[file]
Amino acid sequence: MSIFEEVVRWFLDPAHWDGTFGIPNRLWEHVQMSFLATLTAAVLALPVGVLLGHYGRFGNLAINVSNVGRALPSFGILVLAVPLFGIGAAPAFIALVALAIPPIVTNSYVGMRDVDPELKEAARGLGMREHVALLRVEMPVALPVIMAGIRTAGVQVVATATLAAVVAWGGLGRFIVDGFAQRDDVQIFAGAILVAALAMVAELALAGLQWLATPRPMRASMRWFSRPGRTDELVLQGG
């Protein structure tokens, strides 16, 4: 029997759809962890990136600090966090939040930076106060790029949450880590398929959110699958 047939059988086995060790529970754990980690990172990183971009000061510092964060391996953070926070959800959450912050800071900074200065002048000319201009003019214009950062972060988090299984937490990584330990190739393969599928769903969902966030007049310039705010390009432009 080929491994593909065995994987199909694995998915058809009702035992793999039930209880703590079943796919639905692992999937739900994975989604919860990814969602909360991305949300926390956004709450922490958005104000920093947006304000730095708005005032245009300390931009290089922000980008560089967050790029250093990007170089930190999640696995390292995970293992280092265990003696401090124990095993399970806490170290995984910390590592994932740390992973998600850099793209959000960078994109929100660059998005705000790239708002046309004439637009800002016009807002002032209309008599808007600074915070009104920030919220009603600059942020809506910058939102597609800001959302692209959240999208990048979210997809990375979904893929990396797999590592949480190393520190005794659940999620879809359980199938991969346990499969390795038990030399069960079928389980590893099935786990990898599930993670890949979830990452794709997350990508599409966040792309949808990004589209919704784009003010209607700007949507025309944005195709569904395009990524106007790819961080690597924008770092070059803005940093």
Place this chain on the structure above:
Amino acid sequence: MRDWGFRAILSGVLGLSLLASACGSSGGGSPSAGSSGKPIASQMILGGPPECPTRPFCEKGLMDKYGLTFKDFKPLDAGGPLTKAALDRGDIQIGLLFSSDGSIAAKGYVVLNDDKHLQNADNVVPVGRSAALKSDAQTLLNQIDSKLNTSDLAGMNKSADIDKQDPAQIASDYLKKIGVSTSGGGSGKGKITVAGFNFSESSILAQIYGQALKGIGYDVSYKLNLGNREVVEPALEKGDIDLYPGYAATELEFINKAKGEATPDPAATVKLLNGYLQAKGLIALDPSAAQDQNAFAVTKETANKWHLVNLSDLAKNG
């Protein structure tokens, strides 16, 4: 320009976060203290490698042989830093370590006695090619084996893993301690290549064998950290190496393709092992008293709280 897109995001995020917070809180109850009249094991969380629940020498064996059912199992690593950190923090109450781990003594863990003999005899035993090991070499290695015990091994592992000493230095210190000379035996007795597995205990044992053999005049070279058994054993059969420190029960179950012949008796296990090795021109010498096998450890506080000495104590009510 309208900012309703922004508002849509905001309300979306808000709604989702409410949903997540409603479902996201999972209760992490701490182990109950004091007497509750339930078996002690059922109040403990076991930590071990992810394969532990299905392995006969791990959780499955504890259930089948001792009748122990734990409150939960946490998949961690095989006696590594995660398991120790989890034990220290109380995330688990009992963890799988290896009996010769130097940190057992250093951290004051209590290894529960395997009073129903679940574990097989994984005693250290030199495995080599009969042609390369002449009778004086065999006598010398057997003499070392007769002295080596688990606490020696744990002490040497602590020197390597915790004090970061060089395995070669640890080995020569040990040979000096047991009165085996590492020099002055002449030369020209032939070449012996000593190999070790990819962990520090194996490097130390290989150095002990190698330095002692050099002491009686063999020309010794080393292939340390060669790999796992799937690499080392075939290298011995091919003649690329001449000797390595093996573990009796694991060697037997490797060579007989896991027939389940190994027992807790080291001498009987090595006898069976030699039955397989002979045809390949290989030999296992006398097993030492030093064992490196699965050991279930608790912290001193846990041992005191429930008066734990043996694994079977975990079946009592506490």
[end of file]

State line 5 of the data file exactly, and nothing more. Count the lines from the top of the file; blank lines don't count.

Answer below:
């Protein structure tokens, strides 16, 4: 320009976060203290490698042989830093370590006695090619084996893993301690290549064998950290190496393709092992008293709280 897109995001995020917070809180109850009249094991969380629940020498064996059912199992690593950190923090109450781990003594863990003999005899035993090991070499290695015990091994592992000493230095210190000379035996007795597995205990044992053999005049070279058994054993059969420190029960179950012949008796296990090795021109010498096998450890506080000495104590009510 309208900012309703922004508002849509905001309300979306808000709604989702409410949903997540409603479902996201999972209760992490701490182990109950004091007497509750339930078996002690059922109040403990076991930590071990992810394969532990299905392995006969791990959780499955504890259930089948001792009748122990734990409150939960946490998949961690095989006696590594995660398991120790989890034990220290109380995330688990009992963890799988290896009996010769130097940190057992250093951290004051209590290894529960395997009073129903679940574990097989994984005693250290030199495995080599009969042609390369002449009778004086065999006598010398057997003499070392007769002295080596688990606490020696744990002490040497602590020197390597915790004090970061060089395995070669640890080995020569040990040979000096047991009165085996590492020099002055002449030369020209032939070449012996000593190999070790990819962990520090194996490097130390290989150095002990190698330095002692050099002491009686063999020309010794080393292939340390060669790999796992799937690499080392075939290298011995091919003649690329001449000797390595093996573990009796694991060697037997490797060579007989896991027939389940190994027992807790080291001498009987090595006898069976030699039955397989002979045809390949290989030999296992006398097993030492030093064992490196699965050991279930608790912290001193846990041992005191429930008066734990043996694994079977975990079946009592506490």